Tuesday, July 26, 2016

Luke 17:11-19

Luke 17:11-19
And He went out in His departure into Jerusalem and He was passing through in the midst of Samaria and Galilee.  And entering some town, ten leprous men met Him.  They stood from afar.  And they took up a voice, saying, “Master Jesus, have mercy upon us.”  And after looking, He said to them, “After departing, show yourselves to the priests.  And it became – in their departure – they were being cleansed.  And one out of them, seeing that he was being healed, returned with a great voice glorifying God.  And he fell upon his face near His feet while giving thanks to Him.  And he was a Samaritan.  Answering, Jesus said, “Were not ten being cleansed?  Where are the nine?  Were they not being found after returning to give glory to God except for this foreigner?”  And He said to Him, “After getting up, leave.  Your faith has saved you.”

Thoughts for Today

First Thought:

Let’s look at this passage through a very social angle.  Ten lepers are there, and they call to Jesus from afar.  They don’t want to contaminate Him or His disciples.  They know the rules.  Lepers were commanded to stay in colonies apart from the rest of the world.  However, I think that this lifestyle infected them in more ways than the leprosy.  After they are healed, they still don’t seek community from Jesus.  They kept their distance from Jesus when they were sick, why wouldn’t they keep their distance when they were healed?  There is a lesson in here.  When we intentionally keep our distance, we may find ourselves hurting our ability to make meaningful relationship as well.  Relationship is made through contact and shared life together.

Where do you have relationship?  Where are you more like the lepers, standing from afar and unwilling to join in community?

Second Thought:

Now, let’s look at this from a legal perspective.  Notice that Jesus supports the Law.  He commands them to go to the priests and give evidence of their healing.  That is what the Hebrew Law indicated them to do.  The lepers go away and presumably do so.  But that’s part of the problem.  When we are so focused on the Law that we can’t see past it, we consider the task done and move on.  These lepers were healed.  They went to the priest.  They obeyed the letter of the Law.  Feeling that they had done what was required of them, they went home and back to the lives they had abandoned.  In their obedience to the letter of the Law, they lost obedience to the spirit of the Law.  They didn’t come and give glory to God.  They didn’t praise His name.  They obeyed for obedience sake and missed out on meaningful relationship with Jesus.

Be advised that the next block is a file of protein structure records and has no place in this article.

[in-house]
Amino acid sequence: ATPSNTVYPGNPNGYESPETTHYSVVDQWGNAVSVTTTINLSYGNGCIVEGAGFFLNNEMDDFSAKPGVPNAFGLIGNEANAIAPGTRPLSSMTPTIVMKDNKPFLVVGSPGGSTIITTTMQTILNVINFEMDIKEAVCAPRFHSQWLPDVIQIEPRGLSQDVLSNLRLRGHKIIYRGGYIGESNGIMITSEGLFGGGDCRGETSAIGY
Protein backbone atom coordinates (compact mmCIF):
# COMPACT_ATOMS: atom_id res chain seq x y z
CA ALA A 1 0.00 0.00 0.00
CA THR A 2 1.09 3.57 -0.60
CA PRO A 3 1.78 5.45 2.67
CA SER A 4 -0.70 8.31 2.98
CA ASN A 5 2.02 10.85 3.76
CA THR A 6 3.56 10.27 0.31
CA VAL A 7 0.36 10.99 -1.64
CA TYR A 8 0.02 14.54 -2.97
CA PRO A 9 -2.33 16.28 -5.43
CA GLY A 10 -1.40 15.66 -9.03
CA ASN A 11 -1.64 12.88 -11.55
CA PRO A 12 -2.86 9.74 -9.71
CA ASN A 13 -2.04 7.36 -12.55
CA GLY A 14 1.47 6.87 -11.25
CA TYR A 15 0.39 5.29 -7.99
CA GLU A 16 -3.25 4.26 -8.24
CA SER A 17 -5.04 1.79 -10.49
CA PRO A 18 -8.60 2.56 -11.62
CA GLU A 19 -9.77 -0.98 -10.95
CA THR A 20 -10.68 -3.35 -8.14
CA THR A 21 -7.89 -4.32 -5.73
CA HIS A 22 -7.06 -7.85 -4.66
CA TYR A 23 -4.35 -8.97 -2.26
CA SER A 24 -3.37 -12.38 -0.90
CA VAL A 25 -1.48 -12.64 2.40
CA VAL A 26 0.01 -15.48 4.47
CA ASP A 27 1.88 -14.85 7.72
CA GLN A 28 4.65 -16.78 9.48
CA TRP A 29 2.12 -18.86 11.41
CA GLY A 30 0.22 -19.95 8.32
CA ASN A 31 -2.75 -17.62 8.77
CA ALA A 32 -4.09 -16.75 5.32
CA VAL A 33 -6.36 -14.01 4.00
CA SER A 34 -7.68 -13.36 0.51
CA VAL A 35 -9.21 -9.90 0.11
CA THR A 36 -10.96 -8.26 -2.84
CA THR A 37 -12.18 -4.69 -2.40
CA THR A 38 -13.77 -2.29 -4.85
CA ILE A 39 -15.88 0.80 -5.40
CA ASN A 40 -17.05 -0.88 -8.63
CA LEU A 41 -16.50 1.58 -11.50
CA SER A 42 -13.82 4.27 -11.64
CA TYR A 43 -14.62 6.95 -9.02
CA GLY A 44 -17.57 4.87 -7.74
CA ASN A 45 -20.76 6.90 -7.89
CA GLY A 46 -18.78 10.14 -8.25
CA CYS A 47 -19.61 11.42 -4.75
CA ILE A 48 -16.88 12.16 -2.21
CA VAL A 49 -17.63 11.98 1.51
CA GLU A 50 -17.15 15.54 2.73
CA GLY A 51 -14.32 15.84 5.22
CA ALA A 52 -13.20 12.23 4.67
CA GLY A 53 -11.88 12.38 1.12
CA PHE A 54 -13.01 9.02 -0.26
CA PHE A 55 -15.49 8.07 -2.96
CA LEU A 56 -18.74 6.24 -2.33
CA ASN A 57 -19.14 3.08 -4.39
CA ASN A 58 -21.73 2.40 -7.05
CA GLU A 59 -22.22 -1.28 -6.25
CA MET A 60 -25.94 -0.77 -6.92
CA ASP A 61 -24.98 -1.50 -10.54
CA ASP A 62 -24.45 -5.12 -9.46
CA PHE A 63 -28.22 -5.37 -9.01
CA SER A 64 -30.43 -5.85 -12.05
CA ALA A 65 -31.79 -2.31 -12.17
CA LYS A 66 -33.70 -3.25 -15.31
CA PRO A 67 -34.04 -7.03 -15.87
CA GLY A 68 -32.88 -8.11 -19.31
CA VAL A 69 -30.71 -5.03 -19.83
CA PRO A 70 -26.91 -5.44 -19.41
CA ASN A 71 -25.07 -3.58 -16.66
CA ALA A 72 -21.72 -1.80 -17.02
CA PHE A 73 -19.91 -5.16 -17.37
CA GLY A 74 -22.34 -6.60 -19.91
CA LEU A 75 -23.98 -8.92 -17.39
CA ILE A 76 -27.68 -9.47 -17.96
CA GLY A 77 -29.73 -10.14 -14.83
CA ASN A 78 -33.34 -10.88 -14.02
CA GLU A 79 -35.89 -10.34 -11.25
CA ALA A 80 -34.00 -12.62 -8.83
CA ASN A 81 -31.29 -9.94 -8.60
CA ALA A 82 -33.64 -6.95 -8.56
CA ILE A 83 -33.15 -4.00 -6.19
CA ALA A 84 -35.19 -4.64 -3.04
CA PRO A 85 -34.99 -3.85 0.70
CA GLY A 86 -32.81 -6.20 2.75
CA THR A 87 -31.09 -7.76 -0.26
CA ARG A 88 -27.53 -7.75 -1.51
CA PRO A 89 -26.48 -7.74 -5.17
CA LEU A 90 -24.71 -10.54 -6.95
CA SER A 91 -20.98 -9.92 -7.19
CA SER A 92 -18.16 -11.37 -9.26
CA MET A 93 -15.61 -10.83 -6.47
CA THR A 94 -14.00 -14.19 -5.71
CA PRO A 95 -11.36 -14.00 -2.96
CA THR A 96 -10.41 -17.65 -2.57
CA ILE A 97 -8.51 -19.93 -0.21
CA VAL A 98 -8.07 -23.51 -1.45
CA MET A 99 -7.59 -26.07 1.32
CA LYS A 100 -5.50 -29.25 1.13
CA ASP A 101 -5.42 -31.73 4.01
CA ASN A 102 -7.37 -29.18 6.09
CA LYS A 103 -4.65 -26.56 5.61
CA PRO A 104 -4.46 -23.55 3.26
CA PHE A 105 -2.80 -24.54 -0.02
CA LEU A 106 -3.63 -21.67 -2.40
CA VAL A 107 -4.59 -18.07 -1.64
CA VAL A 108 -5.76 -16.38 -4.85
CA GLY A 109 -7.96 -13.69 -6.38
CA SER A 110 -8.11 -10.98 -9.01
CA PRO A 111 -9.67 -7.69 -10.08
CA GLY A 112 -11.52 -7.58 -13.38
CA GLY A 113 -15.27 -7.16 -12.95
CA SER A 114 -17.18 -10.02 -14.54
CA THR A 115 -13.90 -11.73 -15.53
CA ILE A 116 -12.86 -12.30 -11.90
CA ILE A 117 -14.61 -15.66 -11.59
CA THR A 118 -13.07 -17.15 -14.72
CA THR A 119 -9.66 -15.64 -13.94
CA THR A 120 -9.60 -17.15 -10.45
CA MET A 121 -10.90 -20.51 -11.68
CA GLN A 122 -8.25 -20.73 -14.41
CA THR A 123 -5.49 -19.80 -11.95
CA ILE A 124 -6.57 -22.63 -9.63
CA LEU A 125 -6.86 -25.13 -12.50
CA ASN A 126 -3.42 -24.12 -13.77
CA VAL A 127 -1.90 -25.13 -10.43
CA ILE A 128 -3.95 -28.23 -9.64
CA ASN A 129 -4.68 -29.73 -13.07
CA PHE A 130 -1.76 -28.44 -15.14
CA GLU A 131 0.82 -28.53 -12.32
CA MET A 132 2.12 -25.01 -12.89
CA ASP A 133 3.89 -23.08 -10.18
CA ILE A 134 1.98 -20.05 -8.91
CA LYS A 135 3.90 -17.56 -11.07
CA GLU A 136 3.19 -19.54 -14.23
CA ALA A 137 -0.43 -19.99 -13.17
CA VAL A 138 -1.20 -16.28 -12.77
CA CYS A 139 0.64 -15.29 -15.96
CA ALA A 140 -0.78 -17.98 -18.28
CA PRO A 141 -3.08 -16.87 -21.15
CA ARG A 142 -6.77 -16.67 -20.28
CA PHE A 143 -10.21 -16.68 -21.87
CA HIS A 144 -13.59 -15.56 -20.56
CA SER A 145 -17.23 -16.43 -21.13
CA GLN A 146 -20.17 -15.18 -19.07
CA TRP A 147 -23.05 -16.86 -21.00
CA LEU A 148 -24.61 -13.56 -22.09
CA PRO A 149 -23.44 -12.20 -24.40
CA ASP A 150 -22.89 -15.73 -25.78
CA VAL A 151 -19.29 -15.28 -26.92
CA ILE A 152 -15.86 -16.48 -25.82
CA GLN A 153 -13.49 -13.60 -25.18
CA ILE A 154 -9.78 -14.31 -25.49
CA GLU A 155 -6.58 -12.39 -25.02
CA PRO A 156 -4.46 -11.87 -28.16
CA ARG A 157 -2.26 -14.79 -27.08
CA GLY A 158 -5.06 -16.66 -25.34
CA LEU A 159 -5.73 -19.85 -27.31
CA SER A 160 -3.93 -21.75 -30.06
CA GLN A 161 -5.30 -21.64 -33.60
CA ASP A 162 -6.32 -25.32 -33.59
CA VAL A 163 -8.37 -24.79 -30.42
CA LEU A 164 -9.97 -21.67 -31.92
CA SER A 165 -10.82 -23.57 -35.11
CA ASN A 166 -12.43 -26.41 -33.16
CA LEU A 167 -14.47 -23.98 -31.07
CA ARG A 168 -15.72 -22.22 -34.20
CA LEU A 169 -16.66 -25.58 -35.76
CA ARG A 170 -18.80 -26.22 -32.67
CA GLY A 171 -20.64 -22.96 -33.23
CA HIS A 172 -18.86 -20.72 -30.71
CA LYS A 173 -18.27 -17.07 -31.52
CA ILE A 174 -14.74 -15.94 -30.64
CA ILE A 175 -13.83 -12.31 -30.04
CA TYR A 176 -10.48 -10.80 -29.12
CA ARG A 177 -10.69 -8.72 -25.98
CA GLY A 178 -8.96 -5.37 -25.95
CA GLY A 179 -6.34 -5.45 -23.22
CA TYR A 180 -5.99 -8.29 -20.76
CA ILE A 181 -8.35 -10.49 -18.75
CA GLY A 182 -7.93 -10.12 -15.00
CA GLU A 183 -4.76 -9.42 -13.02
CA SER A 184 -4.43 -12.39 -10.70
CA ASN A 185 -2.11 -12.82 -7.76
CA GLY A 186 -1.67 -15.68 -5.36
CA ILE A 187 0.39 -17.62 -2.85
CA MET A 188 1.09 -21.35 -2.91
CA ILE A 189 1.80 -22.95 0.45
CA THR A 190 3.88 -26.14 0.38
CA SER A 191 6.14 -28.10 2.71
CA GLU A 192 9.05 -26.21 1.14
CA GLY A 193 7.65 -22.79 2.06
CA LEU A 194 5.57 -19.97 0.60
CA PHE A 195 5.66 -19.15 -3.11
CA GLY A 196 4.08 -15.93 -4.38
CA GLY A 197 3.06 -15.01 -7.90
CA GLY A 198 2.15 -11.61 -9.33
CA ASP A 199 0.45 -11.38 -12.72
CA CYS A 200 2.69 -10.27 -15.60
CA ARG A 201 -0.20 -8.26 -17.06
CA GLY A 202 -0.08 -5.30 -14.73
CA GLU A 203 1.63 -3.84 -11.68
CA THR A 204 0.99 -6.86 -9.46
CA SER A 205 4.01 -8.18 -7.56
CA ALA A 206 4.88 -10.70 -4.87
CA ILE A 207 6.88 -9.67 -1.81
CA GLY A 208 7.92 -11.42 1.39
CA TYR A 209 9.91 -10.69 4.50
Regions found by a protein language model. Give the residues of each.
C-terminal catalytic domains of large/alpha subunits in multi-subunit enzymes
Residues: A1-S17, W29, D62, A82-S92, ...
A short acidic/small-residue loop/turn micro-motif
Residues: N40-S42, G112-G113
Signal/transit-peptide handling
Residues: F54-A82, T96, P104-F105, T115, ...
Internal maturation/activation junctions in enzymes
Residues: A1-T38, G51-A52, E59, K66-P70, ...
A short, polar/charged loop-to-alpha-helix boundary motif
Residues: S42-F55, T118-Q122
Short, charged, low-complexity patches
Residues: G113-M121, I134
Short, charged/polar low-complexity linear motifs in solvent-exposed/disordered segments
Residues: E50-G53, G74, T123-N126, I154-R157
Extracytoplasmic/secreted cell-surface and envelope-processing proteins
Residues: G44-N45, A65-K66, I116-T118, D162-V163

When do you obey for the right reasons?  When do you obey just for the sake of having to be obedient?  What’s really the difference between genuine obedience and obedience for the sake of obedience?

Third Thought:

Finally, let’s look at this story from a heritage angle.  The Jews, who should be in relationship with God, obediently went to the priest and left it at that.  The Samaritan, whose relationship with God is in doubt from a lineage perspective, comes back and praises God while falling at the feet of Jesus.  What does this prove?  Heritage doesn’t mean much when compared to the spirit.  Lineage doesn’t mean much when compared to the spirit.  We can be from a good and blessed line, but if we aren’t interested in a relationship with the Father our blessed line really doesn’t count.  God desires relationship with us, not a genealogy.  Anyone who desires relationship with God can find.  Foreigners and strangers and people that we might judge to be outside God’s circle have every right –probably more, even - to relationship with God as those who think to justify themselves with their lineage, heritage, and upbringing.  As Jesus tells us elsewhere, it is not our appearance, our outward evidence, that makes us righteous.  What makes us righteous is Christ, and the internal influence He brings to our life.

Are you surprised to find that it is the foreigner who acts righteously in this passage?  Why do you think the Jews who were healed were able to so easily slip back into their life without even a hint at glorifying God?

Passage for Tomorrow: Luke 17:20-24
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